As for the usual comment that most Muslims are not terrorists, that is true. But the fact is that most terrorists are Muslims. They come from Muslim environments, they attend madrasahs, mosques and Muslim clubs and societies and spend long periods in Muslim countries. And nonMuslims have been waking up to the thought that these Muslim groups could and should do more about the terrorists in their midst.
Take mosques for example. A couple of British mosques have been notorious for years as breeders of terrorism. So for years anyone interested in this question has expressed concerns about imams – who they are and what they teach. There was a move to limit the immigration of foreign imams, which the Blair government bottled out of. And now it emerges, from a BBC report last week, that only 8% of the imams preaching in British mosques were born in the UK and only 6% of them speak English as a first language – fewer, tellingly, than the percentage born here. According to the author of the study, these individuals are deeply conservative and are overwhelmingly qualified in the traditional Islamic curriculum, which he said had changed little since medieval times.
It would be hard to imagine a better way of preventing British Muslims integrating into the wider, modern society or of driving them into the embrace of more worldlywise extremists.
In effect, the same islamic teachers that are poisoning the minds of children in Pakistan are doing the same in the UK. They are doing it with the knowledge, if not the consent, of the British authorities who know where the trouble spots are and who is preaching for martyrdom and the destruction of the decadent infidel west. The overwhelming number of foreign imams in the UK is alarming. I would ask MI5 to consider bugging the mosques and rounding a few of these people up. But that would probably not gain favour or result, given the appeasement that is afforded the muslim community in the UK.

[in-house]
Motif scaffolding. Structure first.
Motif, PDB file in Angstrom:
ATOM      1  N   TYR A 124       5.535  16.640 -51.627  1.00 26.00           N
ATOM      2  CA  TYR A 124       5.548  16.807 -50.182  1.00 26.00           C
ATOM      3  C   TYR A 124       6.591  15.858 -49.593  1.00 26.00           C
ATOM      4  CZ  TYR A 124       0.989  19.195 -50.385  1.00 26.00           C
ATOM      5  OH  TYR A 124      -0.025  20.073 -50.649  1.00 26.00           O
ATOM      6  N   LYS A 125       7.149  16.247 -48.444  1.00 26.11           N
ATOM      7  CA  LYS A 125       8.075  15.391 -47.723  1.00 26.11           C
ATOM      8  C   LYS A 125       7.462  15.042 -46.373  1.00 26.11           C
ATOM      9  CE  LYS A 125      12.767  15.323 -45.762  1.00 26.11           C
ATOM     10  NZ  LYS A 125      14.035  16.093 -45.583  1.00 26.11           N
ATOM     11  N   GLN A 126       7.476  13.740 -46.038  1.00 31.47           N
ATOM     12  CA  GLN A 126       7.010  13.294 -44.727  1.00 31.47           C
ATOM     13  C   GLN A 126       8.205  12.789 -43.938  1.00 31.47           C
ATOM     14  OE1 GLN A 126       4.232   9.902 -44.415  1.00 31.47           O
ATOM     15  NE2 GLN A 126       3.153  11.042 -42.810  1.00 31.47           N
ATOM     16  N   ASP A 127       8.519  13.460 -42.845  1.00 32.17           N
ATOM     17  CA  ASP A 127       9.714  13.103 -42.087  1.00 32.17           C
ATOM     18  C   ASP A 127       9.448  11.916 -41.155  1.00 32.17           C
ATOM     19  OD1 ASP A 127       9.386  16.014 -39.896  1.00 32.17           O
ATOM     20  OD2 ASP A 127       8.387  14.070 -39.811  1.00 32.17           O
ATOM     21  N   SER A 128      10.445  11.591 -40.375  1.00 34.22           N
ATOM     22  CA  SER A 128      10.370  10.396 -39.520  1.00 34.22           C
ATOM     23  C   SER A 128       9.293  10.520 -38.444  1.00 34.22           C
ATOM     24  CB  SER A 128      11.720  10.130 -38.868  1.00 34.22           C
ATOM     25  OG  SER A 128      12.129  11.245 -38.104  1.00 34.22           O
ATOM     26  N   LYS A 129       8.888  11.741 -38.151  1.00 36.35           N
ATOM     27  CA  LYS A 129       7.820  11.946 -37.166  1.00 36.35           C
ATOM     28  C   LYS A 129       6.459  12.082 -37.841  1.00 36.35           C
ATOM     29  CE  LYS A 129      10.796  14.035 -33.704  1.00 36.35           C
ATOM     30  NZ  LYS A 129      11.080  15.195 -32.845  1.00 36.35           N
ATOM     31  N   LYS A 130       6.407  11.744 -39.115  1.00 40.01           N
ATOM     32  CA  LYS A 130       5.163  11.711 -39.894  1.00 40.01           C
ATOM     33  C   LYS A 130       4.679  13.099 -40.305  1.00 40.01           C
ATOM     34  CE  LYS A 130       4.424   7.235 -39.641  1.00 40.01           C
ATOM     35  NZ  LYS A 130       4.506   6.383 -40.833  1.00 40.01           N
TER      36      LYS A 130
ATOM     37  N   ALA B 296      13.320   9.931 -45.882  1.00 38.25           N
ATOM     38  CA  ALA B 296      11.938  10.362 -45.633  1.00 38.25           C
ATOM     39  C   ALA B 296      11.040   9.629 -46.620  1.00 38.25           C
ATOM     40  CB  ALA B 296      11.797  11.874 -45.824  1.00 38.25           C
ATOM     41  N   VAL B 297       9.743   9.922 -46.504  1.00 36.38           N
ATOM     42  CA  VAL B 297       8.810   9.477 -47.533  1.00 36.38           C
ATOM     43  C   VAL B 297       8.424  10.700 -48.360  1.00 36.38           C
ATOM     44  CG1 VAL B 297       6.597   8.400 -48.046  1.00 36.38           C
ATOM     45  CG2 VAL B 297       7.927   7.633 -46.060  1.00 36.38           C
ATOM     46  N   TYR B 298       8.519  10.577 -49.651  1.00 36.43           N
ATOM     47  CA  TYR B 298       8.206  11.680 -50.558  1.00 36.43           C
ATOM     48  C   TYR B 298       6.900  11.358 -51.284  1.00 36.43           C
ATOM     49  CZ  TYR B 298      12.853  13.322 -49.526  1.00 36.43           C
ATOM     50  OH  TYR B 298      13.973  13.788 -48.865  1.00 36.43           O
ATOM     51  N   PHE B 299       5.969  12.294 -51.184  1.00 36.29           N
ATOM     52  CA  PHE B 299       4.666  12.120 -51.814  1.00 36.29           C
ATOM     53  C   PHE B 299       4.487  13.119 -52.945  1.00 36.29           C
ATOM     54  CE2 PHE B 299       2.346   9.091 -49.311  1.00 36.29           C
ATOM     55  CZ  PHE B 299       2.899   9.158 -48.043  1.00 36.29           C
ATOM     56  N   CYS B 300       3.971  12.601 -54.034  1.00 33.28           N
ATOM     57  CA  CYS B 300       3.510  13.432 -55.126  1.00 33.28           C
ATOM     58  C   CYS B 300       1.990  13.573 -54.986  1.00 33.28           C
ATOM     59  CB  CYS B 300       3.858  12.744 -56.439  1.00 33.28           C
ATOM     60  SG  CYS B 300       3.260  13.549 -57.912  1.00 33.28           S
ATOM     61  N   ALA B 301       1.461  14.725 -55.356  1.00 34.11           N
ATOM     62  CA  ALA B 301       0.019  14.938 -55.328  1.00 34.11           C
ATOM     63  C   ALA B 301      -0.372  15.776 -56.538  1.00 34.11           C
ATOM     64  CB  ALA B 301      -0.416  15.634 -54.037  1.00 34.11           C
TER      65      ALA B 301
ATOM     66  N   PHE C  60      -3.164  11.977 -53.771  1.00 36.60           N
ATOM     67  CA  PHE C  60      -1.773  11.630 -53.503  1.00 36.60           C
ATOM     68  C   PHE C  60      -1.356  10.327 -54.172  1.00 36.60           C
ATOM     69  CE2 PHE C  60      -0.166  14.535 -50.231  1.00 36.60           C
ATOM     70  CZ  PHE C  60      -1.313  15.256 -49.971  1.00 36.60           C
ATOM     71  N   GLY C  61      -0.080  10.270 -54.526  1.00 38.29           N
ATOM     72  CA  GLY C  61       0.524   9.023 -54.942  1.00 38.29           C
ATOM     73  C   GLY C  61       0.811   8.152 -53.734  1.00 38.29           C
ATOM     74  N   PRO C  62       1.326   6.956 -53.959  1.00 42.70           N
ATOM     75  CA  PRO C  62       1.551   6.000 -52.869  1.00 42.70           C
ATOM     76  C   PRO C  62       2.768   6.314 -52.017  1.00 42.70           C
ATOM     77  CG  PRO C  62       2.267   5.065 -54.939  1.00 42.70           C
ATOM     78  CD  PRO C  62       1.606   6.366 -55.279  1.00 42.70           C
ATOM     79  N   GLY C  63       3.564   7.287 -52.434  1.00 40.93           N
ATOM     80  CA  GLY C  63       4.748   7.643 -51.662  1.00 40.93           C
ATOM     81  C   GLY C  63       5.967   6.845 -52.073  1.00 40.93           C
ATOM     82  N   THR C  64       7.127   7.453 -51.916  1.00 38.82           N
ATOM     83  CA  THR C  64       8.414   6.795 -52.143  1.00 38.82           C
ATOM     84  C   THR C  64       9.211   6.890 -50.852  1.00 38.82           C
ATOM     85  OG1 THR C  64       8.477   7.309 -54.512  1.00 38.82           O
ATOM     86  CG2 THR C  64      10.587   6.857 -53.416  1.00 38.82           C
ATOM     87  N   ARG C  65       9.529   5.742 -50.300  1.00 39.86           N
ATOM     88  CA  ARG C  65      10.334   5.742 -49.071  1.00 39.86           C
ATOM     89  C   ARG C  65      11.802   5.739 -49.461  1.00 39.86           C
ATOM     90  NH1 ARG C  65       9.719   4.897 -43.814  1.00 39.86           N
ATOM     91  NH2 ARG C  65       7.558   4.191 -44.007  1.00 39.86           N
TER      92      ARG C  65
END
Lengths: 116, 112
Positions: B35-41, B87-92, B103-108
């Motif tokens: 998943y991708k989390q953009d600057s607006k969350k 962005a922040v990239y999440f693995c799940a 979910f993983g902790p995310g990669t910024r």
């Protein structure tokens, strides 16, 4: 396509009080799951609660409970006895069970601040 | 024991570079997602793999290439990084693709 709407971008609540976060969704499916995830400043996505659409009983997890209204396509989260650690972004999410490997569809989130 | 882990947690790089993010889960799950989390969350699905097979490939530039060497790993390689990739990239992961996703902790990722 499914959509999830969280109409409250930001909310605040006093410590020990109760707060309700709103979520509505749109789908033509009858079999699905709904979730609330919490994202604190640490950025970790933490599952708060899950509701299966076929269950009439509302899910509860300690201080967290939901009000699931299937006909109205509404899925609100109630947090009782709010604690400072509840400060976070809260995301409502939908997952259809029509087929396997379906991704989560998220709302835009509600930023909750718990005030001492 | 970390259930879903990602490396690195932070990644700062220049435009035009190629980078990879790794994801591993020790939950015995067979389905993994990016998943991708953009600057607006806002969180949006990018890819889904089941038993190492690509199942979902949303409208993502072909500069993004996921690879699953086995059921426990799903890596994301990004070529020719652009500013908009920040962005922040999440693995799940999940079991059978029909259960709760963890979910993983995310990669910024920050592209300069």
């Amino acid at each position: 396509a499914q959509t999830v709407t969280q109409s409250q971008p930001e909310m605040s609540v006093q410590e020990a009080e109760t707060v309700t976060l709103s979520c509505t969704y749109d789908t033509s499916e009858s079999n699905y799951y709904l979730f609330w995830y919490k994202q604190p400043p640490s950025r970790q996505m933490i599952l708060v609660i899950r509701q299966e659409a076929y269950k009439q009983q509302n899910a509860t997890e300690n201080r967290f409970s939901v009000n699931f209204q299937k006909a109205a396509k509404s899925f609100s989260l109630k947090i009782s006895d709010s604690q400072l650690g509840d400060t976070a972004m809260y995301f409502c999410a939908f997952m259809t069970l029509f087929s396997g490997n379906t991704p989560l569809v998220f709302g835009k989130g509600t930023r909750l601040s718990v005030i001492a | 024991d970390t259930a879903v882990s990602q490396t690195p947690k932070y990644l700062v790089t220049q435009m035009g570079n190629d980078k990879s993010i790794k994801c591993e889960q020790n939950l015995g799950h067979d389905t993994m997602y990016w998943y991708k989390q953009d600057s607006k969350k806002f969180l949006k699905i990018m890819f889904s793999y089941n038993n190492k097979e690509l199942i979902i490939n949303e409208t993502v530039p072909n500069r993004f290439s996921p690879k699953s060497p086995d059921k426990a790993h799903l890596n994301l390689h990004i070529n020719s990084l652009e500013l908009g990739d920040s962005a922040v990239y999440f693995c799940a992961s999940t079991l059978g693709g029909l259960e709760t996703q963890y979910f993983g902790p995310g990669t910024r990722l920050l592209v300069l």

We send our children to school and wish for them to be all that they can be. Imagine how you would feel, if your 10 year old child came home from school and said “When I grow up, I want to be a martyr. My teacher says it is the highest that anyone can achieve”.
For some, that is truly applaudable and approved of. I would find it disgusting. Indeed, I do find it disgusting. And deplorable. Indefensible.
Is it not time, that we looked very hard at these islamic schools and mosques that we harbour in our midst? Is it not time for us to seriously question the motives of these places of learning? I have no problem with people wishing to follow a certain direction of faith. I do have a problem with islamic community leaders preaching death to everyone that is not in the club to which they belong and an even bigger problem with the students who go gladly to carry out the word.
A religion such as this is not merely opium for the people. It is poison for the whole of our society. I believe we should place the addicts under strict supervision and begin a detoxification of the west as a whole.
The addict will still be an addict, but we could cut off his supply.
Links: Dean Nelson. Minnette Marrin.